Day 4 with the True Blue Peru Crew!
Every day in Peru is better than the one before! There is so much to share that I don't know where to begin.
The day started with a jog through the town of Yucay. I'm not sure how large the town is; I can only tell you that it has one traffic light. Running along the road was an adventure, as the drivers did not yield to me at all. I enjoyed seeing the dogs, donkeys, and cows, but was particularly inspired by the farmers who were out in the fields working the land by 6 AM. I returned to the hotel for an awesome breakfast. The contrast between our hotel and the poverty of Yucay is remarkable and has haunted me all day as we drove through other small towns on our way to various sites.
Our first stop was to view the salt mines in the town of Matas. About 400 families own and operate these mines, which are the product of a natural salt stream. The surrounding mountains were beautiful and the sheep herds and glacier-topped mountains provided an awesome backdrop. We then observed the circular terraces of Moray and then visited the women of Chincheros, who showed us how they weave incredibly beautiful blankets, scarves, and other items using baby alpaca, adult alpaca and sheep wool. They took us through the entire process of cleaning the wool, dying it with natural plants and then weaving it. They work 8 hours a day and will take 3 to 6 months finishing an item. They were dressed in traditional clothing and bartered skillfully with the Duke alums who purchased hundreds of dollars of handmade goods.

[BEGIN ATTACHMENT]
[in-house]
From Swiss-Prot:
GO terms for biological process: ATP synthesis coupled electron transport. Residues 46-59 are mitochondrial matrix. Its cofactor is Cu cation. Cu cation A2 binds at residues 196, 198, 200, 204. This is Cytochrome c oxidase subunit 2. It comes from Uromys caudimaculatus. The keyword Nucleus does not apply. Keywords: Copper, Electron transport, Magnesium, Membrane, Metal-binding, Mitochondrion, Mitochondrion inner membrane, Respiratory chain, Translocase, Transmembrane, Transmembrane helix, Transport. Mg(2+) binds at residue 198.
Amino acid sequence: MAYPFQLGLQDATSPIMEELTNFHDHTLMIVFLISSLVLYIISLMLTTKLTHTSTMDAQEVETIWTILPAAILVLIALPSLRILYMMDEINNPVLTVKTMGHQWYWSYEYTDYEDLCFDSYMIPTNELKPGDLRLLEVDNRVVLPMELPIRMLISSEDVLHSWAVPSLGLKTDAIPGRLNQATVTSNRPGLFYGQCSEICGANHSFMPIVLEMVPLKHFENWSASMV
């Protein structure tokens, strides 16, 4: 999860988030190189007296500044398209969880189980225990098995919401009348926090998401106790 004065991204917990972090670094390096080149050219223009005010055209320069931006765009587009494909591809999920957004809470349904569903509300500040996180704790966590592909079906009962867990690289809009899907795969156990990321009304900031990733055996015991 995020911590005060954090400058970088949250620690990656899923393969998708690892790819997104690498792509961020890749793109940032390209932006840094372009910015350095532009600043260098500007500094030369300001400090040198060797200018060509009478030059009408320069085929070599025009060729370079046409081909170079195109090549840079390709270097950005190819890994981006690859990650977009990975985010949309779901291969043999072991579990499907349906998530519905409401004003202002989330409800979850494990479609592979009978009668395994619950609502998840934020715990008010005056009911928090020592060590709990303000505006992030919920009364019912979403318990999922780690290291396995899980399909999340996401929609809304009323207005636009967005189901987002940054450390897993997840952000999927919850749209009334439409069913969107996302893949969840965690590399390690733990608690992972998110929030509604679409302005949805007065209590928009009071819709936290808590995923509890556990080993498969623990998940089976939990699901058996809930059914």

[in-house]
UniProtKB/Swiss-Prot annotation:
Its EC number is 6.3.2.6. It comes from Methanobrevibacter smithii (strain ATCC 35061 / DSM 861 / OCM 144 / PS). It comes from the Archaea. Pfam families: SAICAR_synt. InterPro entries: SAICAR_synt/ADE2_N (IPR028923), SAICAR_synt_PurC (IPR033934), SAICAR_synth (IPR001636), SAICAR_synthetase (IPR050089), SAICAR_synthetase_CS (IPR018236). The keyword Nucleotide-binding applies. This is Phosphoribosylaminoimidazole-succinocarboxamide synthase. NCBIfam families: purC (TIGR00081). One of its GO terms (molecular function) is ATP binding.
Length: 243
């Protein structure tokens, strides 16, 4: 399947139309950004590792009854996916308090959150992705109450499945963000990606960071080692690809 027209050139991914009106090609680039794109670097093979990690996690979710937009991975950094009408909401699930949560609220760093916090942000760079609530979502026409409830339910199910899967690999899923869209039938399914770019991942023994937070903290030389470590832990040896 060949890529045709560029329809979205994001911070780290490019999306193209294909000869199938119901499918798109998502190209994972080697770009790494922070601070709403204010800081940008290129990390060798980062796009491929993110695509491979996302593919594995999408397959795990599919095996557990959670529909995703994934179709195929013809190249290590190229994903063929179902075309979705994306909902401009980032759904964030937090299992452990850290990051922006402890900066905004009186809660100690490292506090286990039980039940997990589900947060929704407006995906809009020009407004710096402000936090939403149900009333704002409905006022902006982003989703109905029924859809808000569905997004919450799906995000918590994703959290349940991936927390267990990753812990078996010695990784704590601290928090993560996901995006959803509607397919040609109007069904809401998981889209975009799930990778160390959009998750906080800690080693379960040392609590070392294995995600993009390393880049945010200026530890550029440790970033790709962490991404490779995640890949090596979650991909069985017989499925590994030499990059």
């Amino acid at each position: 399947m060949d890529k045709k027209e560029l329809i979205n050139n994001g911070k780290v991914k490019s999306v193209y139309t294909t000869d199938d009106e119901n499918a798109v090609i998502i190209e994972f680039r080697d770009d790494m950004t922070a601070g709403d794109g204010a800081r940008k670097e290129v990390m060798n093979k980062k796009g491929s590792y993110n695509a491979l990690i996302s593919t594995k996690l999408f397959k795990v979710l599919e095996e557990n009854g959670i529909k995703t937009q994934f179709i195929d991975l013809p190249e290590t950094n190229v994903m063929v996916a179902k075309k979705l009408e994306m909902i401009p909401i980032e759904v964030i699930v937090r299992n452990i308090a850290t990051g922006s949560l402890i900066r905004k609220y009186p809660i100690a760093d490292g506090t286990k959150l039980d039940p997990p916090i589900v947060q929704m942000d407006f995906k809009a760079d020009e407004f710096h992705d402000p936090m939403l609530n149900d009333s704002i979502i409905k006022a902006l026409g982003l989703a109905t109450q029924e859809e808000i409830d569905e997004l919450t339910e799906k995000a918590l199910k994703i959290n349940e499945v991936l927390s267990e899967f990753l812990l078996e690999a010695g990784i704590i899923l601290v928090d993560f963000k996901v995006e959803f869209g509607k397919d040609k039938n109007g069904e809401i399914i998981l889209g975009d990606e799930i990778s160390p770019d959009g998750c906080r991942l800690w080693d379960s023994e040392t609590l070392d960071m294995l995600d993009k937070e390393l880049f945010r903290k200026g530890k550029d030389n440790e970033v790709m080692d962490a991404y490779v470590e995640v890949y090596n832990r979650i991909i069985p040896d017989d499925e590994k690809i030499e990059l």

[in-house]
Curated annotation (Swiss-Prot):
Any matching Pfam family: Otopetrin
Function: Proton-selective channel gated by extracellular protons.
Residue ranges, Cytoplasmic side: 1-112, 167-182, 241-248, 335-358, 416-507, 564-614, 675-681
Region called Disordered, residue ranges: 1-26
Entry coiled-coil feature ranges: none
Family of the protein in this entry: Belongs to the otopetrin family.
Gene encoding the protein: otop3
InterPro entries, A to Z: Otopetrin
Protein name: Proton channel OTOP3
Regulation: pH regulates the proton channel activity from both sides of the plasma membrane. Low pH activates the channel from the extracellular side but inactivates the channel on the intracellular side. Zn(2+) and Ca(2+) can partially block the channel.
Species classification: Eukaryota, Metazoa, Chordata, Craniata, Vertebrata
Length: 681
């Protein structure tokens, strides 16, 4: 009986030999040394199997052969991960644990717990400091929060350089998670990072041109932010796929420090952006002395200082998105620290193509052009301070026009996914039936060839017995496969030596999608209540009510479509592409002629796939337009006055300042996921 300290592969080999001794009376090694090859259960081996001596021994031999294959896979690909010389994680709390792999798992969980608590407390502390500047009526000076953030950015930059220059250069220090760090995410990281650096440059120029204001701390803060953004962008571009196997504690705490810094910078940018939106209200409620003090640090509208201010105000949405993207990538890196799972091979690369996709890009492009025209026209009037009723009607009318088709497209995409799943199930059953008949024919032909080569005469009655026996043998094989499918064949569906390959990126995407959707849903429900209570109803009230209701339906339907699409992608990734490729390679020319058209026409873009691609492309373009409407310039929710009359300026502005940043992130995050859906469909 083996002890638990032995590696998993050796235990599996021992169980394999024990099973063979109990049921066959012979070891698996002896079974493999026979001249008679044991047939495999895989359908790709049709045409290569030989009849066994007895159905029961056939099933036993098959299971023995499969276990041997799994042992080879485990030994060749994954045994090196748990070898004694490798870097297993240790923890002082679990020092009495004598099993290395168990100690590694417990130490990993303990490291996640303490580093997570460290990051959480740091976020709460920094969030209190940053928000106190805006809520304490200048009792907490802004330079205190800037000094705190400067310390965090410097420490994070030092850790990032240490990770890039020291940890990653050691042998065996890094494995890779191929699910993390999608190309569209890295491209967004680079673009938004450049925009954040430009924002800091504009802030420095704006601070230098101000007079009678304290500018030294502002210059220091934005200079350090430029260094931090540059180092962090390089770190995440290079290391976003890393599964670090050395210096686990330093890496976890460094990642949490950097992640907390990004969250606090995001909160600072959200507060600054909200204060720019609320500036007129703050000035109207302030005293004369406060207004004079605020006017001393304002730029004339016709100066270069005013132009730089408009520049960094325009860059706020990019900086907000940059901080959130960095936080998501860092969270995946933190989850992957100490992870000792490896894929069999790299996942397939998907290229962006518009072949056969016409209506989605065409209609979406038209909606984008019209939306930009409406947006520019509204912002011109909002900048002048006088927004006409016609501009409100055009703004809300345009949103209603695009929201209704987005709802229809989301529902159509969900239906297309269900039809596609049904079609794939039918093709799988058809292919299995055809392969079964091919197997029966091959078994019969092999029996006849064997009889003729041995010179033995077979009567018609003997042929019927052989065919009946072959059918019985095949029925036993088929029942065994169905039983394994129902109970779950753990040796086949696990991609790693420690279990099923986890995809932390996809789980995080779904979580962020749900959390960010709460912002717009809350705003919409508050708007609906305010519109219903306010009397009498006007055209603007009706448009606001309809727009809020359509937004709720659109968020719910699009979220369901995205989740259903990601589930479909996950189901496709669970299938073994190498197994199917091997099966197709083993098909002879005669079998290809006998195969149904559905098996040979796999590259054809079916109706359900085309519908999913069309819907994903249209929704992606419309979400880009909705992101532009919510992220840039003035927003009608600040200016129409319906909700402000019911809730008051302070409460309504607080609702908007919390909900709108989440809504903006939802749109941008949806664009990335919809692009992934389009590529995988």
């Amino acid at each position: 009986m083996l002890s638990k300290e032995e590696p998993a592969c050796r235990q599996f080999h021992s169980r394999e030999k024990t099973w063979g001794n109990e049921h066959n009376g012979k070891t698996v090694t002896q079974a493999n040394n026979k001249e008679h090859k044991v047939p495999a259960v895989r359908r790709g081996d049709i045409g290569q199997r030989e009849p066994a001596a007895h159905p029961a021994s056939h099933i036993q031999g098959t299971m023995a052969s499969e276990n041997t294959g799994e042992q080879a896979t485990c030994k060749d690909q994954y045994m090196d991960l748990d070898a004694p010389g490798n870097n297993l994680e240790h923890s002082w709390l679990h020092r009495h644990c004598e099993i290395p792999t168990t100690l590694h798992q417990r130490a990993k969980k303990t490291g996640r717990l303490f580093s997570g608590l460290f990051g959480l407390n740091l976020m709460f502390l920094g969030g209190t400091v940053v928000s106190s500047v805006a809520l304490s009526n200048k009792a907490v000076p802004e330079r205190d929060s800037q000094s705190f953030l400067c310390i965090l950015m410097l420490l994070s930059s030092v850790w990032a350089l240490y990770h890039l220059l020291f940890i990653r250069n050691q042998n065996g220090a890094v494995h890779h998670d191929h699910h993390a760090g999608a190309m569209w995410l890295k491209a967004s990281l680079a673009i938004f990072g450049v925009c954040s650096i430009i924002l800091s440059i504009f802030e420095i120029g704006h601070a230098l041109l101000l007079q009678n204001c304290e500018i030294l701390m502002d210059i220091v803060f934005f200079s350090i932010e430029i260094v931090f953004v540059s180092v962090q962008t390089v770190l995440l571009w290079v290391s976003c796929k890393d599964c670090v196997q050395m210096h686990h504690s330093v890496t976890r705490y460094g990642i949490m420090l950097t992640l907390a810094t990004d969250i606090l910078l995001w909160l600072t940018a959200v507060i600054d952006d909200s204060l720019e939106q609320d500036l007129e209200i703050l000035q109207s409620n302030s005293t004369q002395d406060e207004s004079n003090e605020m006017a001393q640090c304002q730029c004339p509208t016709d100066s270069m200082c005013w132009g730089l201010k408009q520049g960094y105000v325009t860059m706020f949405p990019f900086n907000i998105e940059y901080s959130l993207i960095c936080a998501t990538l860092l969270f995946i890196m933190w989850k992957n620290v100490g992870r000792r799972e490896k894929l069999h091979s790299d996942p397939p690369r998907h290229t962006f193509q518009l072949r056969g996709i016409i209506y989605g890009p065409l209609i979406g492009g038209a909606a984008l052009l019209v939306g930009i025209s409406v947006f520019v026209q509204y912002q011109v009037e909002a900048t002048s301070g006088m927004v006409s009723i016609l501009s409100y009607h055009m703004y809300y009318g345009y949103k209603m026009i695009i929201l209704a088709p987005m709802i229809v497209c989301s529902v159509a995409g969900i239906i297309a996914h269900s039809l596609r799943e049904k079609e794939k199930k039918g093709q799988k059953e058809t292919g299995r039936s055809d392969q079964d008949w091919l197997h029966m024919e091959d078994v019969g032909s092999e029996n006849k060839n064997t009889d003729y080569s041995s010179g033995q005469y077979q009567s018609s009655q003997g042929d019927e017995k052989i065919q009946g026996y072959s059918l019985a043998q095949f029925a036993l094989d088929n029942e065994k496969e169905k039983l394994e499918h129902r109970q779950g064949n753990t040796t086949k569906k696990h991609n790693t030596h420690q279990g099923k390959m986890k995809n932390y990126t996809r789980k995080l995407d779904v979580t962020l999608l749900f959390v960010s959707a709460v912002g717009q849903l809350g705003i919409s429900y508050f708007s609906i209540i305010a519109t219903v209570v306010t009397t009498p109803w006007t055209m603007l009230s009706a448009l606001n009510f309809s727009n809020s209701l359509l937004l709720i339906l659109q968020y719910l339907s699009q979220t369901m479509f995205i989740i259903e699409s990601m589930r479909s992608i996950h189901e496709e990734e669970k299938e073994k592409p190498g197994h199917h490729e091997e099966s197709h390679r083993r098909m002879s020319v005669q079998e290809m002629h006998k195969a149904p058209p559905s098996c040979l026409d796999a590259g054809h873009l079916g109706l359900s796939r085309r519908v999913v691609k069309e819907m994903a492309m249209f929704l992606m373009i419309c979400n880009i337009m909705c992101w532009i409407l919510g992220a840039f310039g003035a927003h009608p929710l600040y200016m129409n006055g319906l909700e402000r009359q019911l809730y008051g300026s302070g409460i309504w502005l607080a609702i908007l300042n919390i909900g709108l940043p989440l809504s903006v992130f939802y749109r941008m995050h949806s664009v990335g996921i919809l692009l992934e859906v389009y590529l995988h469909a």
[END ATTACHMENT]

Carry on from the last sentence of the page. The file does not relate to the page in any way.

Lunch was outdoors between the Andes in a lovely garden setting at a hotel. We were in awe of the overwhelming beauty that surrounded us and were surprised by our tour guide when he took us to the stables at the hotel and introduced us to the Andalusian horse breed. These horses are bred and trained to trot in a very unique manner.
We then travelled to Ollantaytambo, the site of massive Incan ruins and a warm up for Machu Picchu. These ruins provided yet another example of the Incan ingenuity, physical strength, and perseverance, It remains a mystery how the Incas were able to move the stones (weighing many tons) to build these structures.
Our travel today was completely by bus, which sounds rather mundane; however, I still can't figure out how the bus driver was able to negotiate the very narrow streets that we encountered and the long, winding mountainous dirt roads.
Tomorrow, we are on to what everyone has been waiting for - Machu Picchu!